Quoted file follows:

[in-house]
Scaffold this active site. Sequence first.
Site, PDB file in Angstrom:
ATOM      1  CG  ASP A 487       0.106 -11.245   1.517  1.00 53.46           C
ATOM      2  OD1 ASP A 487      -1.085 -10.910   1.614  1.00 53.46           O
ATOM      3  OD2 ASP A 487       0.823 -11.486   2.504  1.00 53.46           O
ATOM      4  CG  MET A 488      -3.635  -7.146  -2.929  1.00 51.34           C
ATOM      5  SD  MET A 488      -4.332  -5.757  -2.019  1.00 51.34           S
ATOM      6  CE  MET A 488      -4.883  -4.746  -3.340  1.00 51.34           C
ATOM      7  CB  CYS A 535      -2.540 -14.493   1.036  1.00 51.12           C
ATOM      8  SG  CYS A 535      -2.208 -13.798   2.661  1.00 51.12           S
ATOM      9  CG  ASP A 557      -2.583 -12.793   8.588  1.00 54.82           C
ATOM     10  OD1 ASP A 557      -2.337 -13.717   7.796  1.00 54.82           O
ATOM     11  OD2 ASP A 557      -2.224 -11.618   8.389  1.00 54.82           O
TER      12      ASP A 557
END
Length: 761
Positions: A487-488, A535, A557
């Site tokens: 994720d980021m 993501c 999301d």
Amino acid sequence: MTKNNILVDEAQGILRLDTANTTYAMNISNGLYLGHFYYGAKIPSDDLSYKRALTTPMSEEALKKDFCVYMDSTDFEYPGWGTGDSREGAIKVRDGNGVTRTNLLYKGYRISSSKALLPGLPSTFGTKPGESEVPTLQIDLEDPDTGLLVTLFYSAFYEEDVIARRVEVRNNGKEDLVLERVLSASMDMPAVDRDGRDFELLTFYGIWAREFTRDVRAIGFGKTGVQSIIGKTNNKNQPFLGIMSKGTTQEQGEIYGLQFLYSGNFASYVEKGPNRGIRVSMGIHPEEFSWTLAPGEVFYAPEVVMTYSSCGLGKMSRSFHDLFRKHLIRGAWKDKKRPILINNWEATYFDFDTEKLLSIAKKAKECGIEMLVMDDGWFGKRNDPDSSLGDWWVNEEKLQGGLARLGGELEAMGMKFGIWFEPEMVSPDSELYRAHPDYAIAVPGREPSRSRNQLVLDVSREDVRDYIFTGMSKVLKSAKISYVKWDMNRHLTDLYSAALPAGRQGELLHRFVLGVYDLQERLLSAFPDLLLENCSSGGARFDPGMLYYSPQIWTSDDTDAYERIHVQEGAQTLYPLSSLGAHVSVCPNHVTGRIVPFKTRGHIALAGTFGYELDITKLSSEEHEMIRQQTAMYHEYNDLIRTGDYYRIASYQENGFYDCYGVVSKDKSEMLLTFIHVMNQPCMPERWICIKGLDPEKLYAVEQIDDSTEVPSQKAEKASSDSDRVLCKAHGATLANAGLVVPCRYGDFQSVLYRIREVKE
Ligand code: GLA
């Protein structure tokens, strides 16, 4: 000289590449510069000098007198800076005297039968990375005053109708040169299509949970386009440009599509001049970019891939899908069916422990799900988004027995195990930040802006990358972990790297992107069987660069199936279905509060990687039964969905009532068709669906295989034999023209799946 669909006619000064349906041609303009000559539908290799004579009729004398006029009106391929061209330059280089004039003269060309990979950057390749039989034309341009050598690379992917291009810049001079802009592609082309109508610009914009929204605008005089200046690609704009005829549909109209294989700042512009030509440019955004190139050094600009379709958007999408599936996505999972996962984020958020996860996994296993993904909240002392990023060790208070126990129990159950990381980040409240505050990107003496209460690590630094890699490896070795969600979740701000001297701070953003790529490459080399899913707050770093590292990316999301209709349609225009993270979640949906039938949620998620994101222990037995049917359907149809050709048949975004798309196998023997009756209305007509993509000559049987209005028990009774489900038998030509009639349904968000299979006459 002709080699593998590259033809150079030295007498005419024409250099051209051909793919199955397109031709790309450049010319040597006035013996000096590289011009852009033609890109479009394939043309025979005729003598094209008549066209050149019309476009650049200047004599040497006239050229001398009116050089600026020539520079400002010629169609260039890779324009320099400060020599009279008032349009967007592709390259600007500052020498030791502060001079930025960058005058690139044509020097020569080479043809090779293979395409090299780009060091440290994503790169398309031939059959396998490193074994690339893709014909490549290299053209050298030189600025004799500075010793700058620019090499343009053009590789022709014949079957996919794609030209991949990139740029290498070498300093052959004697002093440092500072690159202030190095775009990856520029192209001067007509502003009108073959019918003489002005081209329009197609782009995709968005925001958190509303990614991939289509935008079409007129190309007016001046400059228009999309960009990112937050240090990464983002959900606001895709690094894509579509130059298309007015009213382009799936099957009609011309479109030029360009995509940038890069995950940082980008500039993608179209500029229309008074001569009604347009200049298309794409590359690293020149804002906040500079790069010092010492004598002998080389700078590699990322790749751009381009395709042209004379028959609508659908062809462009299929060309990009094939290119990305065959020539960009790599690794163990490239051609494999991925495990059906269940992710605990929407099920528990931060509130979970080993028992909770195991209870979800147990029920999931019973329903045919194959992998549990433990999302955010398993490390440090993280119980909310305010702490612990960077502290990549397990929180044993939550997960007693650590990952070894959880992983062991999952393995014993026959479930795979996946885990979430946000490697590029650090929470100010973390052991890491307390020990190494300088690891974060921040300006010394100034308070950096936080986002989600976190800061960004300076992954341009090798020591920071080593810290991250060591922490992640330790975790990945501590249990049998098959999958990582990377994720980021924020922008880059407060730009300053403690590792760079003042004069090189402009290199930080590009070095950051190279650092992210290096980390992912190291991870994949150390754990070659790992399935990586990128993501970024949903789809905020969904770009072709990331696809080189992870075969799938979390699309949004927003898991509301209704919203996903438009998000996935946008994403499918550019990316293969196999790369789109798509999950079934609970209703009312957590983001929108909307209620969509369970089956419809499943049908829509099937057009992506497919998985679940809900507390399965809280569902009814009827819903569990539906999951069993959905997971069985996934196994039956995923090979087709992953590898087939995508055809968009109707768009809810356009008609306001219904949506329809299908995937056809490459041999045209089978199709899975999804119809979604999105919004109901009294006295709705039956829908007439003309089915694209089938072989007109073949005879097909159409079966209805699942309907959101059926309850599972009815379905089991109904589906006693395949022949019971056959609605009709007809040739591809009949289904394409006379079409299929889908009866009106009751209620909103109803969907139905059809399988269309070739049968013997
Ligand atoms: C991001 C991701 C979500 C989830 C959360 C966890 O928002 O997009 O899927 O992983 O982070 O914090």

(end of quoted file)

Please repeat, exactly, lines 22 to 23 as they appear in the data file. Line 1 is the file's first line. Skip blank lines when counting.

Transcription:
């Protein structure tokens, strides 16, 4: 000289590449510069000098007198800076005297039968990375005053109708040169299509949970386009440009599509001049970019891939899908069916422990799900988004027995195990930040802006990358972990790297992107069987660069199936279905509060990687039964969905009532068709669906295989034999023209799946 669909006619000064349906041609303009000559539908290799004579009729004398006029009106391929061209330059280089004039003269060309990979950057390749039989034309341009050598690379992917291009810049001079802009592609082309109508610009914009929204605008005089200046690609704009005829549909109209294989700042512009030509440019955004190139050094600009379709958007999408599936996505999972996962984020958020996860996994296993993904909240002392990023060790208070126990129990159950990381980040409240505050990107003496209460690590630094890699490896070795969600979740701000001297701070953003790529490459080399899913707050770093590292990316999301209709349609225009993270979640949906039938949620998620994101222990037995049917359907149809050709048949975004798309196998023997009756209305007509993509000559049987209005028990009774489900038998030509009639349904968000299979006459 002709080699593998590259033809150079030295007498005419024409250099051209051909793919199955397109031709790309450049010319040597006035013996000096590289011009852009033609890109479009394939043309025979005729003598094209008549066209050149019309476009650049200047004599040497006239050229001398009116050089600026020539520079400002010629169609260039890779324009320099400060020599009279008032349009967007592709390259600007500052020498030791502060001079930025960058005058690139044509020097020569080479043809090779293979395409090299780009060091440290994503790169398309031939059959396998490193074994690339893709014909490549290299053209050298030189600025004799500075010793700058620019090499343009053009590789022709014949079957996919794609030209991949990139740029290498070498300093052959004697002093440092500072690159202030190095775009990856520029192209001067007509502003009108073959019918003489002005081209329009197609782009995709968005925001958190509303990614991939289509935008079409007129190309007016001046400059228009999309960009990112937050240090990464983002959900606001895709690094894509579509130059298309007015009213382009799936099957009609011309479109030029360009995509940038890069995950940082980008500039993608179209500029229309008074001569009604347009200049298309794409590359690293020149804002906040500079790069010092010492004598002998080389700078590699990322790749751009381009395709042209004379028959609508659908062809462009299929060309990009094939290119990305065959020539960009790599690794163990490239051609494999991925495990059906269940992710605990929407099920528990931060509130979970080993028992909770195991209870979800147990029920999931019973329903045919194959992998549990433990999302955010398993490390440090993280119980909310305010702490612990960077502290990549397990929180044993939550997960007693650590990952070894959880992983062991999952393995014993026959479930795979996946885990979430946000490697590029650090929470100010973390052991890491307390020990190494300088690891974060921040300006010394100034308070950096936080986002989600976190800061960004300076992954341009090798020591920071080593810290991250060591922490992640330790975790990945501590249990049998098959999958990582990377994720980021924020922008880059407060730009300053403690590792760079003042004069090189402009290199930080590009070095950051190279650092992210290096980390992912190291991870994949150390754990070659790992399935990586990128993501970024949903789809905020969904770009072709990331696809080189992870075969799938979390699309949004927003898991509301209704919203996903438009998000996935946008994403499918550019990316293969196999790369789109798509999950079934609970209703009312957590983001929108909307209620969509369970089956419809499943049908829509099937057009992506497919998985679940809900507390399965809280569902009814009827819903569990539906999951069993959905997971069985996934196994039956995923090979087709992953590898087939995508055809968009109707768009809810356009008609306001219904949506329809299908995937056809490459041999045209089978199709899975999804119809979604999105919004109901009294006295709705039956829908007439003309089915694209089938072989007109073949005879097909159409079966209805699942309907959101059926309850599972009815379905089991109904589906006693395949022949019971056959609605009709007809040739591809009949289904394409006379079409299929889908009866009106009751209620909103109803969907139905059809399988269309070739049968013997
Ligand atoms: C991001 C991701 C979500 C989830 C959360 C966890 O928002 O997009 O899927 O992983 O982070 O914090």